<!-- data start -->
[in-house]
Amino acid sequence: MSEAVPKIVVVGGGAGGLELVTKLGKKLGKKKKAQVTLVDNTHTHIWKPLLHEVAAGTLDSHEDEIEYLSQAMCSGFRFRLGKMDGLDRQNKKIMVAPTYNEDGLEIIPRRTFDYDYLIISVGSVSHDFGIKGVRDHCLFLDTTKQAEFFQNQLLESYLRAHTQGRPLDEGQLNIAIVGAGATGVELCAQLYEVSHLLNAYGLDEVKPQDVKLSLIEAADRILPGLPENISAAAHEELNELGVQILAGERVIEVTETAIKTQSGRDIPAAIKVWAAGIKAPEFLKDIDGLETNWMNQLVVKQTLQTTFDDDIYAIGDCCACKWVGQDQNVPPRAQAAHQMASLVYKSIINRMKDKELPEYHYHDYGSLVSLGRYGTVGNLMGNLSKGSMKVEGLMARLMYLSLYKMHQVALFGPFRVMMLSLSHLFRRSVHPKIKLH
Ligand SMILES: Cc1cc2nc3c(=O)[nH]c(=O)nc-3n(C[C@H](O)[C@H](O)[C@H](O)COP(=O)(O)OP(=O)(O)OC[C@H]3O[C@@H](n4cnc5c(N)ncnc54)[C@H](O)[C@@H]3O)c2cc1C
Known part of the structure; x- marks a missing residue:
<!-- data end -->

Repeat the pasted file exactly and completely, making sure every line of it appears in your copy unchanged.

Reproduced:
[in-house]
Amino acid sequence: MSEAVPKIVVVGGGAGGLELVTKLGKKLGKKKKAQVTLVDNTHTHIWKPLLHEVAAGTLDSHEDEIEYLSQAMCSGFRFRLGKMDGLDRQNKKIMVAPTYNEDGLEIIPRRTFDYDYLIISVGSVSHDFGIKGVRDHCLFLDTTKQAEFFQNQLLESYLRAHTQGRPLDEGQLNIAIVGAGATGVELCAQLYEVSHLLNAYGLDEVKPQDVKLSLIEAADRILPGLPENISAAAHEELNELGVQILAGERVIEVTETAIKTQSGRDIPAAIKVWAAGIKAPEFLKDIDGLETNWMNQLVVKQTLQTTFDDDIYAIGDCCACKWVGQDQNVPPRAQAAHQMASLVYKSIINRMKDKELPEYHYHDYGSLVSLGRYGTVGNLMGNLSKGSMKVEGLMARLMYLSLYKMHQVALFGPFRVMMLSLSHLFRRSVHPKIKLH
Ligand SMILES: Cc1cc2nc3c(=O)[nH]c(=O)nc-3n(C[C@H](O)[C@H](O)[C@H](O)COP(=O)(O)OP(=O)(O)OC[C@H]3O[C@@H](n4cnc5c(N)ncnc54)[C@H](O)[C@@H]3O)c2cc1C
Known part of the structure; x- marks a missing residue: